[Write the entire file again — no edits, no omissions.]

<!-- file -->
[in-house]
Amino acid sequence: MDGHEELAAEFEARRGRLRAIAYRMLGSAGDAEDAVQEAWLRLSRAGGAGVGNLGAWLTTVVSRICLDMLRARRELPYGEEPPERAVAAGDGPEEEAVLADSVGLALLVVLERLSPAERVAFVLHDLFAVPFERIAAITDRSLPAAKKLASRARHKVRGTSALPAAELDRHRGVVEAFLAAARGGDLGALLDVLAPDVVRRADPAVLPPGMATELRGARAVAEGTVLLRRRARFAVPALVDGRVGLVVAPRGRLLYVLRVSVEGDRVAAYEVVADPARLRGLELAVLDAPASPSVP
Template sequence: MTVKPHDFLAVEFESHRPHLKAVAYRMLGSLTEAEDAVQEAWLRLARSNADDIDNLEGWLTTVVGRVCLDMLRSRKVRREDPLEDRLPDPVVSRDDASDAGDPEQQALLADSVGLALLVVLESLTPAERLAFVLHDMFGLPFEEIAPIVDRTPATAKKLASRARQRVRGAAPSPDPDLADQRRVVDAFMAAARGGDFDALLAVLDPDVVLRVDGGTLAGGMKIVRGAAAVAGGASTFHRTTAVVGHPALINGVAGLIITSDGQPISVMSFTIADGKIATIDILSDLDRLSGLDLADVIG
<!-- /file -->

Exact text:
[in-house]
Amino acid sequence: MDGHEELAAEFEARRGRLRAIAYRMLGSAGDAEDAVQEAWLRLSRAGGAGVGNLGAWLTTVVSRICLDMLRARRELPYGEEPPERAVAAGDGPEEEAVLADSVGLALLVVLERLSPAERVAFVLHDLFAVPFERIAAITDRSLPAAKKLASRARHKVRGTSALPAAELDRHRGVVEAFLAAARGGDLGALLDVLAPDVVRRADPAVLPPGMATELRGARAVAEGTVLLRRRARFAVPALVDGRVGLVVAPRGRLLYVLRVSVEGDRVAAYEVVADPARLRGLELAVLDAPASPSVP
Template sequence: MTVKPHDFLAVEFESHRPHLKAVAYRMLGSLTEAEDAVQEAWLRLARSNADDIDNLEGWLTTVVGRVCLDMLRSRKVRREDPLEDRLPDPVVSRDDASDAGDPEQQALLADSVGLALLVVLESLTPAERLAFVLHDMFGLPFEEIAPIVDRTPATAKKLASRARQRVRGAAPSPDPDLADQRRVVDAFMAAARGGDFDALLAVLDPDVVLRVDGGTLAGGMKIVRGAAAVAGGASTFHRTTAVVGHPALINGVAGLIITSDGQPISVMSFTIADGKIATIDILSDLDRLSGLDLADVIG